mardi 3 avril 2007


mais j'ai pas changé;
je suis resté le même étranger

le même chien:
qui tape
un peu trop à se ranger

Sometimes I think I am a mongrel when it comes to culture, acting like a dog when the powers that be (i.e. the government, media, the prevailing winds of Chance) toss us a cultural bone. I gratefully lap up the scraps. My ears will suddenly pipe up,

singapore -- I'm loving it

Heh, I remember doing this (albeit edited) as a prompt for a practice AP Lang and Comp exam. Zora Hurston may be referring to her own black culture and the work may be a bit dated (written during the Harlem Renaissance), but there are so many things that I identify with, especially when looking at your own culture with a critical eye.

Like when you are reading linguistic papers analysing your own dialect, Singlish, something that you thought that was reserved just to you and your countrymen, and your close friends, and when you come across the outsider view on it, and a neutral outsider view, not the type that has been stigmatising your culture for so long (the Southern whites / the Speak Good English Movement). Often this bridge is so unexpected, that you quickly lap it up, not knowing when your next dose of cross-culturalism will be.

I had known about the capers Brer Rabbit is apt to cut and what Squinch Owl says from the house top. But it was fitting like a tight chemise. I couldn't see it for wearing it. It was only when I was off in college, away from my native surroundings that I could see myself like somebody else and stand off and look at my garment. Then I had to have the spyglass of Anthropology to look through at that.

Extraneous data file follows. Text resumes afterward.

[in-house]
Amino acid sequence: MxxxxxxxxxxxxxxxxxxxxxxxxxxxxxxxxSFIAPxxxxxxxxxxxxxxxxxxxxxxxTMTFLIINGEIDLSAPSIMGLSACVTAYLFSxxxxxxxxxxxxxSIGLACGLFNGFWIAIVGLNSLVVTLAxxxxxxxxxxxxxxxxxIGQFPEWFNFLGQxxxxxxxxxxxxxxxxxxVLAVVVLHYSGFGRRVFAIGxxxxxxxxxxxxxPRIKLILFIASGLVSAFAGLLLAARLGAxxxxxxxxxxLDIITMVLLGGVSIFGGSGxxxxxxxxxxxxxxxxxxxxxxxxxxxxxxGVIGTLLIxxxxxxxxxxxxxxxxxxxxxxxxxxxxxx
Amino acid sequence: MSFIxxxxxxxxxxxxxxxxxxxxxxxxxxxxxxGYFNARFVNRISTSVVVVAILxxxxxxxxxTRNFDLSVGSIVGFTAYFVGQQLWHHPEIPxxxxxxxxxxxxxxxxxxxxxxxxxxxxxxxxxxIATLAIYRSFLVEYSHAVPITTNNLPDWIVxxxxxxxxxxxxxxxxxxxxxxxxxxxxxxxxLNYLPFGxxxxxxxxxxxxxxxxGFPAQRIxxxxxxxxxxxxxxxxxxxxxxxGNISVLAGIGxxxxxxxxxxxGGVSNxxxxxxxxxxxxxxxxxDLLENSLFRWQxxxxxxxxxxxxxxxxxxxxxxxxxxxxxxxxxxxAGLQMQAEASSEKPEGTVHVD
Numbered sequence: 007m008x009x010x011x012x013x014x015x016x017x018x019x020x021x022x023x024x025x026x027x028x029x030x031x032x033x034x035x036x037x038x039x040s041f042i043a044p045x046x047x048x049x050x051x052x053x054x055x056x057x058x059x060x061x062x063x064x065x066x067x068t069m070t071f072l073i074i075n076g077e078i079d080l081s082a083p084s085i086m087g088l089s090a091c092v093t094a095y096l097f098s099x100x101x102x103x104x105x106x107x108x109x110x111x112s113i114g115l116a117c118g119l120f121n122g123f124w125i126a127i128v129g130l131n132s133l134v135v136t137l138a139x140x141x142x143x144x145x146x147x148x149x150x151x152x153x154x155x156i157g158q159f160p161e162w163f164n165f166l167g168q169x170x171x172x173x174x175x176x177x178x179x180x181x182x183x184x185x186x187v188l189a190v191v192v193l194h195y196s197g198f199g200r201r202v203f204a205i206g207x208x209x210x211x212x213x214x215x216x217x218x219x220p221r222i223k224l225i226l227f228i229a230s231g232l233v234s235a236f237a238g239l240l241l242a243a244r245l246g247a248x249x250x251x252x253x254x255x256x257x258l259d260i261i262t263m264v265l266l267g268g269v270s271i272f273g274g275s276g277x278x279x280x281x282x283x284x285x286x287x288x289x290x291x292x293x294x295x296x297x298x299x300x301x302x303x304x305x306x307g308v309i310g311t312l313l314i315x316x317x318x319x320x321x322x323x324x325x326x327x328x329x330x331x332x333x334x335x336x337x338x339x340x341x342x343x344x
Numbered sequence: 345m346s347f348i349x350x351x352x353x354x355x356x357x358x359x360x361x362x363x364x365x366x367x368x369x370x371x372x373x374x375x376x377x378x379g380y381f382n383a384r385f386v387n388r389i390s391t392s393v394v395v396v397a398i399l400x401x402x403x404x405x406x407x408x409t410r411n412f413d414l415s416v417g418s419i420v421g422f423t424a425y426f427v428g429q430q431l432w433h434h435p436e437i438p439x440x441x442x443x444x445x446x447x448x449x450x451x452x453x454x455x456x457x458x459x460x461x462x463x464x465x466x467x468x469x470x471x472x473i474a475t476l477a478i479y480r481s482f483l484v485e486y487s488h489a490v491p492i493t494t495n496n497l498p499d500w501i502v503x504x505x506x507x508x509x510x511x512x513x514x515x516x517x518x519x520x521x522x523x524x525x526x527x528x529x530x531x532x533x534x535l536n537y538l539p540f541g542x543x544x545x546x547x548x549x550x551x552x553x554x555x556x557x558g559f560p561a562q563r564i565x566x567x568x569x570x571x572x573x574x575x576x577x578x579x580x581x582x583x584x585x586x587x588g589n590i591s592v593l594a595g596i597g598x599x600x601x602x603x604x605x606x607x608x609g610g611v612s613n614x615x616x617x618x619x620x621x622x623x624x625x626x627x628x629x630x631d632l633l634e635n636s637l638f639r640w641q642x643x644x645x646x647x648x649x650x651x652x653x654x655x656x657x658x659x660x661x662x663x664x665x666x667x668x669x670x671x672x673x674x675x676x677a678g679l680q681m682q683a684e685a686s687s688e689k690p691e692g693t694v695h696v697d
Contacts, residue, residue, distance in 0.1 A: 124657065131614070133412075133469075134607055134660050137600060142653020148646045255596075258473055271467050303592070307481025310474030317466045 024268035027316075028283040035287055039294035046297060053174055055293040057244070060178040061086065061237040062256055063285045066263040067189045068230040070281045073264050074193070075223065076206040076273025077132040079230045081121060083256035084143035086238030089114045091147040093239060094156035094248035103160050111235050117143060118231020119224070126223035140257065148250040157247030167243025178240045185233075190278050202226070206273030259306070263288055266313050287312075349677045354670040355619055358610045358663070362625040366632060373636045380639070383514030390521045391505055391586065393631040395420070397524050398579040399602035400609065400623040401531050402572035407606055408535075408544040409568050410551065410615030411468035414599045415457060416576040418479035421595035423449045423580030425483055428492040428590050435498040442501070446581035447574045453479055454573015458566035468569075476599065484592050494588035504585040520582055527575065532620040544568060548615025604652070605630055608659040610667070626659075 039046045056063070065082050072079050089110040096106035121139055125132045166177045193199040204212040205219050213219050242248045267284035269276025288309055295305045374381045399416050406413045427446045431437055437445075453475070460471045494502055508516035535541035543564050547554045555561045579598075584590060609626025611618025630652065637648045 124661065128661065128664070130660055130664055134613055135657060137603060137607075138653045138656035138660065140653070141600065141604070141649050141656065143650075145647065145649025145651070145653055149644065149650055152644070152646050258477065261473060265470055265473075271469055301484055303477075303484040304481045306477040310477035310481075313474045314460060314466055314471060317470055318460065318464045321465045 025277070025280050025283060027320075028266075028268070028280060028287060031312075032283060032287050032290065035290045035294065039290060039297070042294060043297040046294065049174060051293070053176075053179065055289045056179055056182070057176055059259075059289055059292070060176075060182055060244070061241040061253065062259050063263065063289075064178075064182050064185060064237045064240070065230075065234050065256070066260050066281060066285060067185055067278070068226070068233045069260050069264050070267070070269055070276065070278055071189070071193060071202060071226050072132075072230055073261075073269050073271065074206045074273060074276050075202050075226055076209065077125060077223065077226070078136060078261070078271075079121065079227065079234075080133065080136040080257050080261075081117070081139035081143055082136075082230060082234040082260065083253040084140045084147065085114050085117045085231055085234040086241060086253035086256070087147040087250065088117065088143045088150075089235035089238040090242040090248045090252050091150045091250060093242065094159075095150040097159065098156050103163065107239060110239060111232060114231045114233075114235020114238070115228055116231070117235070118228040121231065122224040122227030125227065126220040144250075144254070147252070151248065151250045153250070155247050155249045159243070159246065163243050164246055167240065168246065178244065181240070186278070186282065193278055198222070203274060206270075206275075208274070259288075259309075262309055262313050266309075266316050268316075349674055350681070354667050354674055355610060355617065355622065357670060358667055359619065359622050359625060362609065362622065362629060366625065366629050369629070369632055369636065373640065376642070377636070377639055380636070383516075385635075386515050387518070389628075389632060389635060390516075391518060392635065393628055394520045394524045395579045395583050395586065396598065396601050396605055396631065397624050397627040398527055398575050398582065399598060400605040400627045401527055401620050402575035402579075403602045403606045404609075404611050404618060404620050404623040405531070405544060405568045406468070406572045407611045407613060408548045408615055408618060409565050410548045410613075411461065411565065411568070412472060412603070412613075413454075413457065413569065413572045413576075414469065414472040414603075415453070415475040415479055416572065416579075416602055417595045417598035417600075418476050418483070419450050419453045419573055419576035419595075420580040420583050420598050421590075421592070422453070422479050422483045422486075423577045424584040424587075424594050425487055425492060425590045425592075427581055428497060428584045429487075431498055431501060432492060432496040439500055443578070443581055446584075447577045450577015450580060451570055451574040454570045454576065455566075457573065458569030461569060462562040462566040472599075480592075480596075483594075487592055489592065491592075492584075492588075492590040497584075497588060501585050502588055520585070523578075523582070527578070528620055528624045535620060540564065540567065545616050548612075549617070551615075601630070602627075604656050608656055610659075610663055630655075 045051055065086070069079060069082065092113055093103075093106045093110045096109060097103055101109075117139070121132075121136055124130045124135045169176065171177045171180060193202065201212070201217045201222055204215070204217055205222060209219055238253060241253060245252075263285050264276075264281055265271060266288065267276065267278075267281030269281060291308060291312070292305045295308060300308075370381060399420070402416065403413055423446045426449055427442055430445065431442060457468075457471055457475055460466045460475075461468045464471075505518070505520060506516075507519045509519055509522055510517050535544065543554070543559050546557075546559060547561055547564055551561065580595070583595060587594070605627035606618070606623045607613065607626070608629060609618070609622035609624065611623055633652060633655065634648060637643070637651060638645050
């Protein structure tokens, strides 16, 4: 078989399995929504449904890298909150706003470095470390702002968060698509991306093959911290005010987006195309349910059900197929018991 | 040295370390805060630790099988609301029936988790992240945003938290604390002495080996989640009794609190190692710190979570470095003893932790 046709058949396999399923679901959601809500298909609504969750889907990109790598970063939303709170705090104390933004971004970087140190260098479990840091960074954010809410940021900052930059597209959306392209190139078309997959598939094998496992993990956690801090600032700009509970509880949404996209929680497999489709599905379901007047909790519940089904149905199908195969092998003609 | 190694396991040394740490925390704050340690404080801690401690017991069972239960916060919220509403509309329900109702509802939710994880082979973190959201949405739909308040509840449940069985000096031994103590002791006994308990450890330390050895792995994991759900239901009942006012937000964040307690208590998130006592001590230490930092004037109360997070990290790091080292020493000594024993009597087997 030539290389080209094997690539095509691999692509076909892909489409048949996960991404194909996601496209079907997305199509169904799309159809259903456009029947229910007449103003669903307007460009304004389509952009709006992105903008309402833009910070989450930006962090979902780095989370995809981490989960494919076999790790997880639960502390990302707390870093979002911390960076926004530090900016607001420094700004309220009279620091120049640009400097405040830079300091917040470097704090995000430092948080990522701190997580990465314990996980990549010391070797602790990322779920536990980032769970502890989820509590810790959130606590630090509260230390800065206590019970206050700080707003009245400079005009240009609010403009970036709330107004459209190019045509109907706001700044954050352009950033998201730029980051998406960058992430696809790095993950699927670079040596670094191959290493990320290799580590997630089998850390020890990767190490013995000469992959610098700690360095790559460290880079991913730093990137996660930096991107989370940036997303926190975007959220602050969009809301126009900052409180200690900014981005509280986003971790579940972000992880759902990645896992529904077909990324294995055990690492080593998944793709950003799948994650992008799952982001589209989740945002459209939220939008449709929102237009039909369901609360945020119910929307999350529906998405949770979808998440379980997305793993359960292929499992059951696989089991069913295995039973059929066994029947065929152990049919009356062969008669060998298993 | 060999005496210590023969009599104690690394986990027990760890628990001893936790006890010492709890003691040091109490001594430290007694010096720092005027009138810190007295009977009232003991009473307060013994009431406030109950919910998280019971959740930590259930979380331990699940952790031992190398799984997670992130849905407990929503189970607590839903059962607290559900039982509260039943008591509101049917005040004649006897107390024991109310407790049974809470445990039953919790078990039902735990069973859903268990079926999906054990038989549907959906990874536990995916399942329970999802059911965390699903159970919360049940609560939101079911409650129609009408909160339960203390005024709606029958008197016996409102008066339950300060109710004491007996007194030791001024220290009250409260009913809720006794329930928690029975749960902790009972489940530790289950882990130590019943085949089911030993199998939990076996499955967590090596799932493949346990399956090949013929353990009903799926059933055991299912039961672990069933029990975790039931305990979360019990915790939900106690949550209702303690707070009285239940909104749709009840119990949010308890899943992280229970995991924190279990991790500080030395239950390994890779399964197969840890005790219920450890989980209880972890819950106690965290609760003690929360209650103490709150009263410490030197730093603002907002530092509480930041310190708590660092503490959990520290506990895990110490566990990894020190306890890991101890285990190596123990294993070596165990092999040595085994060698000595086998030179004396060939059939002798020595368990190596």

I identify with this paragraph so much. I am not sure if most of my American classmates did while doing this prompt. I knew exactly what Hurston meant (though I have yet to formally take any anthropology or linguistics course). Do my American friends know what it is like to be part of a neglected subculture? And not that cheesy sort of subculture, but the subculture that forms when other cultures meet or when migrants or ethnic groups form an enclave.

And then I realised that I was new myself, so it looked sensible for me to choose familiar ground. [...] I hurried back to Eatonville because I knew that the town was full of material and that I could get it without hurt, harm or danger.

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